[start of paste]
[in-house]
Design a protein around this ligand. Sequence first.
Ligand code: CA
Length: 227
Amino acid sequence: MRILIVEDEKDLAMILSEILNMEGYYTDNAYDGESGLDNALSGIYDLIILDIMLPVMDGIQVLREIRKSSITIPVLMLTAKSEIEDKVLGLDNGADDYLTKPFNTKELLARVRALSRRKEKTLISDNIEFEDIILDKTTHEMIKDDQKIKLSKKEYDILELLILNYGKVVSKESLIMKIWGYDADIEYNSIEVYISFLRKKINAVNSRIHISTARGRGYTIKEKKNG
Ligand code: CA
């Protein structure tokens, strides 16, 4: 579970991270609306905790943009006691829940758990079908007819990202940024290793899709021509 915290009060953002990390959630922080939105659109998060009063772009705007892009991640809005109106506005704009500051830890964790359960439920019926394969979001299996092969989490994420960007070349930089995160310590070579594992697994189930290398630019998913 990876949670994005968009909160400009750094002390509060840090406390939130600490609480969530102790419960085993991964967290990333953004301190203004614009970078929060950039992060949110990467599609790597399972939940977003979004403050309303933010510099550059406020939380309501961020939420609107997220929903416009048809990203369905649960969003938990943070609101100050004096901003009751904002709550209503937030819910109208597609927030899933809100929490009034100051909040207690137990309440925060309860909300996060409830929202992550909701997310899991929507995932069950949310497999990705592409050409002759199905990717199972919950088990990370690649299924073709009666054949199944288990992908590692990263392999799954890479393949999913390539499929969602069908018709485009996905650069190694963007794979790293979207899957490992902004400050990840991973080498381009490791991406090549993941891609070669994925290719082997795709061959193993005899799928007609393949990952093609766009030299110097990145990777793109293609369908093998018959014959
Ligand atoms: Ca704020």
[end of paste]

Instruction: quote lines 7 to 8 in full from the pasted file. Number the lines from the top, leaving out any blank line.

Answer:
């Protein structure tokens, strides 16, 4: 579970991270609306905790943009006691829940758990079908007819990202940024290793899709021509 915290009060953002990390959630922080939105659109998060009063772009705007892009991640809005109106506005704009500051830890964790359960439920019926394969979001299996092969989490994420960007070349930089995160310590070579594992697994189930290398630019998913 990876949670994005968009909160400009750094002390509060840090406390939130600490609480969530102790419960085993991964967290990333953004301190203004614009970078929060950039992060949110990467599609790597399972939940977003979004403050309303933010510099550059406020939380309501961020939420609107997220929903416009048809990203369905649960969003938990943070609101100050004096901003009751904002709550209503937030819910109208597609927030899933809100929490009034100051909040207690137990309440925060309860909300996060409830929202992550909701997310899991929507995932069950949310497999990705592409050409002759199905990717199972919950088990990370690649299924073709009666054949199944288990992908590692990263392999799954890479393949999913390539499929969602069908018709485009996905650069190694963007794979790293979207899957490992902004400050990840991973080498381009490791991406090549993941891609070669994925290719082997795709061959193993005899799928007609393949990952093609766009030299110097990145990777793109293609369908093998018959014959
Ligand atoms: Ca704020």